Can a clean environment cause allergies and asthma?A new study refutes the hygiene hypothesis
In the past 50 years, the ability to keep houses clean and protect people from germs has become more advanced. But will the use of antibacterial soap and various cleaning chemicals cause them allergies and asthma?
Population-based studies consistently show that the prevalence of allergies and asthma in urban environments is higher than in farms and other rural environments. Air pollution caused by industrialization is certainly part of the problem, but epidemiologists want to know whether other factors in modern society also play a role.
In 1989, British epidemiologist David Strachan developed “Hygiene Hypothesis” — The idea that exposure to “good” microorganisms in early childhood can boost the immune system and prevent allergies and asthma. This theory shows that modern society is too hygienic in terms of personal hygiene and household cleaning, preventing children from contacting the microbiota that is beneficial to the immune system.
But new research, published in Journal of Allergy and Clinical Immunology, Show that the theory is not necessarily correct.
“Exposure to microorganisms early in life is essential for the’education’ of the immune and metabolic systems,” Say Graham Rook, Professor of Medical Microbiology, University College London. “The organisms that grow in our intestines, skin and respiratory tract also play an important role in maintaining our health until old age. Therefore, we need to be exposed to these beneficial microorganisms throughout our lives. These microorganisms mainly come from our mothers and other family members. And natural environment.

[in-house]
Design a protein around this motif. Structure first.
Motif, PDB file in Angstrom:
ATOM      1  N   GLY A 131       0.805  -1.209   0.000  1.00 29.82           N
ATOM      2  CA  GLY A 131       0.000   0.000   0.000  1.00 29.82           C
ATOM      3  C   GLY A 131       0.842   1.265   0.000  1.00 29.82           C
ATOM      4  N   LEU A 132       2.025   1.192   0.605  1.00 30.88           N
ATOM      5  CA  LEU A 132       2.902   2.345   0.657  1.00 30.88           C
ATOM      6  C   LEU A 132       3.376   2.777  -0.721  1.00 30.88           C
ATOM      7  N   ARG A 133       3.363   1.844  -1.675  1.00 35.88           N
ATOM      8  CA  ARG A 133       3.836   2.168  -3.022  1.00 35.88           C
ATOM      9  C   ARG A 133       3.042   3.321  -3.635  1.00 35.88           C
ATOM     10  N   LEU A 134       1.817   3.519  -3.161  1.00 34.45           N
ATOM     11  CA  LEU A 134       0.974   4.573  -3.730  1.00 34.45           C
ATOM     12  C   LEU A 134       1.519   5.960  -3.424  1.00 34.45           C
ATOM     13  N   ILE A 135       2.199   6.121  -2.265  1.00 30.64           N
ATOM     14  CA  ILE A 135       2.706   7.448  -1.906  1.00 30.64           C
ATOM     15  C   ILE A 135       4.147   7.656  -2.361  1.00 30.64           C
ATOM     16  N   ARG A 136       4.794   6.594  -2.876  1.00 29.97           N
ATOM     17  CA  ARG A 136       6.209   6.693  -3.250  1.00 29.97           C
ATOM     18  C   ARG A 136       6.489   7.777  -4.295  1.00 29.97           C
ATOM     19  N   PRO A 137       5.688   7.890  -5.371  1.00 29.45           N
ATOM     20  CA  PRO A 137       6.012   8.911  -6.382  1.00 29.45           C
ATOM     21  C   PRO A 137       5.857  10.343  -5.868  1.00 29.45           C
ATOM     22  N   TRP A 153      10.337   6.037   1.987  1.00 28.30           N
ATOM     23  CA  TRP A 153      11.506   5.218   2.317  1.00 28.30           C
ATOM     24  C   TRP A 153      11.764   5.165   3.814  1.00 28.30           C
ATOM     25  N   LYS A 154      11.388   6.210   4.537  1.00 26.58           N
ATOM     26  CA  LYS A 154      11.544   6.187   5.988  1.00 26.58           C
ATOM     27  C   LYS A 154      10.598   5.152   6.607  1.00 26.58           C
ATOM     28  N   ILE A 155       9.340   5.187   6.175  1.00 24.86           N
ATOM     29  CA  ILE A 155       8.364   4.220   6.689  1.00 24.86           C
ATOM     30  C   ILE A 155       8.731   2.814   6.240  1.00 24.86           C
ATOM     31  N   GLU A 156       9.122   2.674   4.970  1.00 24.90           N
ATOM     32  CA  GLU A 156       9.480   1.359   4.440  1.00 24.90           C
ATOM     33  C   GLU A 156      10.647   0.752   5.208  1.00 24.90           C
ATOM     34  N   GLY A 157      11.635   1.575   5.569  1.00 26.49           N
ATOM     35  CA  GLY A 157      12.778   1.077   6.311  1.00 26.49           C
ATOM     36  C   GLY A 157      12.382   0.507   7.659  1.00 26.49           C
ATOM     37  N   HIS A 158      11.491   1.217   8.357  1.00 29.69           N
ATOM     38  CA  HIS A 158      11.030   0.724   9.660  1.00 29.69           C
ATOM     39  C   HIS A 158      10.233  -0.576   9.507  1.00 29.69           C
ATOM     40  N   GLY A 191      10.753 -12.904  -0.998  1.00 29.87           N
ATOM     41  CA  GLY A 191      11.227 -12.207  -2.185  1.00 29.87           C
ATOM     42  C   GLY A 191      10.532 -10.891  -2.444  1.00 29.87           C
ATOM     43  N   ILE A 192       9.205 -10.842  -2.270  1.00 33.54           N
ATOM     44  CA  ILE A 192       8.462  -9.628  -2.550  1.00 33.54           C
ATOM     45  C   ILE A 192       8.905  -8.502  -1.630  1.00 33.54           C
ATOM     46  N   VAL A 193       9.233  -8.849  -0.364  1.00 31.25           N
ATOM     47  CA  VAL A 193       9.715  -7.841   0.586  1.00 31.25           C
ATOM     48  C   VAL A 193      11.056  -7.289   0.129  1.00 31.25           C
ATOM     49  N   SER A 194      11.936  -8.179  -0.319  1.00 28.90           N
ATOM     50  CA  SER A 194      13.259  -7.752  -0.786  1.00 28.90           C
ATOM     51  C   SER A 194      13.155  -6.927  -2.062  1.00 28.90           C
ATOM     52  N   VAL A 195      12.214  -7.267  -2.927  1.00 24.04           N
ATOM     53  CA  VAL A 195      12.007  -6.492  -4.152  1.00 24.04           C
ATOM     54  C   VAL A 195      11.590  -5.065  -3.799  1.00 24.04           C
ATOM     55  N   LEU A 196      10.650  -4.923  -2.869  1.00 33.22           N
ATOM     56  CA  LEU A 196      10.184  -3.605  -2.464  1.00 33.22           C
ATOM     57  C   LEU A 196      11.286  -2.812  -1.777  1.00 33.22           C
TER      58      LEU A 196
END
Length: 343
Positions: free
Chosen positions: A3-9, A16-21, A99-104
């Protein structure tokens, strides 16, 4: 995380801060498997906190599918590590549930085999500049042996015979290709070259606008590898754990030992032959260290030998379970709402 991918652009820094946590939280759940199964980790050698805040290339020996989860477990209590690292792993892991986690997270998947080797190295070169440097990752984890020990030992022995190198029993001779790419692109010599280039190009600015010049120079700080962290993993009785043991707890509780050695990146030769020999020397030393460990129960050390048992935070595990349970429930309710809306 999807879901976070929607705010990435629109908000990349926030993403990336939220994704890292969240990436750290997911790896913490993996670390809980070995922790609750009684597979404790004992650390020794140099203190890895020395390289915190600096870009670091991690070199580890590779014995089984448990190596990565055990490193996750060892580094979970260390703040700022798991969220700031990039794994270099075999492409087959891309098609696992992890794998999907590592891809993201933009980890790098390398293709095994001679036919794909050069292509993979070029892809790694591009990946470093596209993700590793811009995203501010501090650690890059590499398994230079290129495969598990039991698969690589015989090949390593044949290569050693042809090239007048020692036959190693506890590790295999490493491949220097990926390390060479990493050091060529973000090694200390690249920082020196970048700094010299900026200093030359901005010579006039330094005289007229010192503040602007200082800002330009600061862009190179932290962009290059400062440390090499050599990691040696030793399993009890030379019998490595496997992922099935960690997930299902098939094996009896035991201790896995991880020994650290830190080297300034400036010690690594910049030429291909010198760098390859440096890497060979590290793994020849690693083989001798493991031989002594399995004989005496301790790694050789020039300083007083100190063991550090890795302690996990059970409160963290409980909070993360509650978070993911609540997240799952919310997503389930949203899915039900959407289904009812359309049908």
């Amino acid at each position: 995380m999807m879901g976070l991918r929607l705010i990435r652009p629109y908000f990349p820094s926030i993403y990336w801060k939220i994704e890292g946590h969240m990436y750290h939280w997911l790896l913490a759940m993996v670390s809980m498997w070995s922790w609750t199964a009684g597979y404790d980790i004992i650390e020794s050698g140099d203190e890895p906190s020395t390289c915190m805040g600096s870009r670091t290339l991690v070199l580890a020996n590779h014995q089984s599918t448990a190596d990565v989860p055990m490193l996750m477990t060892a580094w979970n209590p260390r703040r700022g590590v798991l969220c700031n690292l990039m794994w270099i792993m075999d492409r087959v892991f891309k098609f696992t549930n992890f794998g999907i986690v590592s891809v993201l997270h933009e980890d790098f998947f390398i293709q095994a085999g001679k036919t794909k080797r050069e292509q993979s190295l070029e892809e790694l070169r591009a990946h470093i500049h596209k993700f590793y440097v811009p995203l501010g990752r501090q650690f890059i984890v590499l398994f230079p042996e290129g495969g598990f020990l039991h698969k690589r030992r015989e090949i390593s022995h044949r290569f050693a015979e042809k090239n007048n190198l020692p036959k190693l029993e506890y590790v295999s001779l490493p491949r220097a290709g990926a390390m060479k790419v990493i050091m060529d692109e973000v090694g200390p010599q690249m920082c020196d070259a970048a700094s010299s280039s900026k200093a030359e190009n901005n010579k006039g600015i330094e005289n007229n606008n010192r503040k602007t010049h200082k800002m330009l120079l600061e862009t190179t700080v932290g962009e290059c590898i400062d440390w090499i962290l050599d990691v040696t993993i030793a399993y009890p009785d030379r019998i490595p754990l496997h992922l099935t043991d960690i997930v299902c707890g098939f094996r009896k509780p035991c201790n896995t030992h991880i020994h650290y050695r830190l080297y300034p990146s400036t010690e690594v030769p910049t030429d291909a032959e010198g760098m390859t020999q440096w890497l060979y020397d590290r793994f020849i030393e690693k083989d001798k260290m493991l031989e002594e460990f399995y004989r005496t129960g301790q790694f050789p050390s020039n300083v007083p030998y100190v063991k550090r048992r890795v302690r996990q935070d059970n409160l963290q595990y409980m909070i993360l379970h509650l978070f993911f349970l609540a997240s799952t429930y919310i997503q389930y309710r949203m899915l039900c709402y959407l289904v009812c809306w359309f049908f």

“But for more than 20 years, there has been a public statement that hand and household hygiene practices are essential to prevent contact with pathogenic pathogens, but also prevent contact with beneficial organisms.”
After reviewing the available data, Rook and his team determined four reasons why the statement was incorrect:
1. In most cases, the microorganisms found in the home are not those required for immunity.
2. Vaccines help strengthen the immune system, so people do not need to be exposed to potentially dangerous bacteria and viruses to build immunity.
3. The microorganisms that people come into contact with in the womb, family members, and the environment contribute to the development of the immune system—— Not those found on the surface of the home.
4. Excessive use of chemical cleaning products will infiltrate the lungs and increase the risk of allergies and asthma, which is even more worrying.
according to Mayo Clinic, Exposure of pregnant women to infectious bacteria or other substances (such as vaccines) may help strengthen the baby’s immune system and the development of the intestinal microbiome.
John Lynch, associate professor of microbiology at the University of Washington, was not involved in this study. Say The “hygiene hypothesis” is problematic because it does not tell the complete story.
Lynch said it is important not to associate cleanliness with more diseases, because good hygiene can protect people from dangerous pathogens, including the pathogens that cause COVID-19. In addition, modern technology makes it easier to diagnose asthma and allergies. This is why the prevalence is higher in developed countries.
However, he warned against over-disinfecting the house. Not only are people unable to build a healthy microbiome in the body, but they also increase the risk of antibiotic-resistant bacteria.
“When you talk about the hygiene hypothesis, the focus of the debate is that less hygiene should be concerned, and more attention should be paid to obtaining the correct microbiota,” he added. “I like to think about it this way: if you have a sick person around you, or your children are rolling around on the restaurant floor, washing your hands is important, but if they are just playing outside, washing their hands is not that important. Park.”